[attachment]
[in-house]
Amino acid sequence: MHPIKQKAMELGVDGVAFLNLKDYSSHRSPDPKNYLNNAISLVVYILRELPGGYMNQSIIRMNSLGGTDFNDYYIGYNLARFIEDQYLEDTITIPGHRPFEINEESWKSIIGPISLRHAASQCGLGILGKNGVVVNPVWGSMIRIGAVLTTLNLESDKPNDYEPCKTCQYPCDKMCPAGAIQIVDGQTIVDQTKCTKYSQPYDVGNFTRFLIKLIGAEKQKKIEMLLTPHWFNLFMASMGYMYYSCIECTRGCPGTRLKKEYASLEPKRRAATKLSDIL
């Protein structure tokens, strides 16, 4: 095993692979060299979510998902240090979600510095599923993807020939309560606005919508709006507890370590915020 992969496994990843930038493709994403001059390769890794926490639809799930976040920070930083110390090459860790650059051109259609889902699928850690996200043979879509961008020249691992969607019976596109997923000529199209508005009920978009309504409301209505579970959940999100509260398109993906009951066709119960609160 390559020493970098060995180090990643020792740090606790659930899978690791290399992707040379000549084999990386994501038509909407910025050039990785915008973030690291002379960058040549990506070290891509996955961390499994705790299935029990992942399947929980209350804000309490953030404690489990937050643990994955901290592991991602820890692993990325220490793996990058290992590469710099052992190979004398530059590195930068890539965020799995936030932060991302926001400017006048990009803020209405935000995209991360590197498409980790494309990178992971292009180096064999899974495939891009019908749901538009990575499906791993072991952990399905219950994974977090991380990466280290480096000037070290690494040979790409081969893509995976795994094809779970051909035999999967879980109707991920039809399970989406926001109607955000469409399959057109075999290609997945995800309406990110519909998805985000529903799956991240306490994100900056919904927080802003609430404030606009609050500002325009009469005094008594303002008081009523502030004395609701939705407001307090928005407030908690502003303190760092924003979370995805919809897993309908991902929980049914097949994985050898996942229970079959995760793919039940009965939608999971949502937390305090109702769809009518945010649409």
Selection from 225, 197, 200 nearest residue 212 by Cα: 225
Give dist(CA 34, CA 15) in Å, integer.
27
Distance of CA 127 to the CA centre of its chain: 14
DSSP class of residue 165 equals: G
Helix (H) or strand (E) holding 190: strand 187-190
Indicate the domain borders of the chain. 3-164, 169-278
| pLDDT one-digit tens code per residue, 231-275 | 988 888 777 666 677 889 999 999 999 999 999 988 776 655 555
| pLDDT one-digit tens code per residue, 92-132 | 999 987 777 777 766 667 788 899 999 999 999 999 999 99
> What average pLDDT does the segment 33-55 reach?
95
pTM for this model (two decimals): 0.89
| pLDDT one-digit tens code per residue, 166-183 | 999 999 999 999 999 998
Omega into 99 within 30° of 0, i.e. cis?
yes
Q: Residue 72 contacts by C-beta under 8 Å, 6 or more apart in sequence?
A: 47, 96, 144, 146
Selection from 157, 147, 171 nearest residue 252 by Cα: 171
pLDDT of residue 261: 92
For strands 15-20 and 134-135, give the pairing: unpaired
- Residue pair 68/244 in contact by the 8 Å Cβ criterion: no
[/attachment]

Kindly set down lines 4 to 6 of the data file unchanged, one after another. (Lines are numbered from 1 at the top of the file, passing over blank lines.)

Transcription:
Selection from 225, 197, 200 nearest residue 212 by Cα: 225
Give dist(CA 34, CA 15) in Å, integer.
27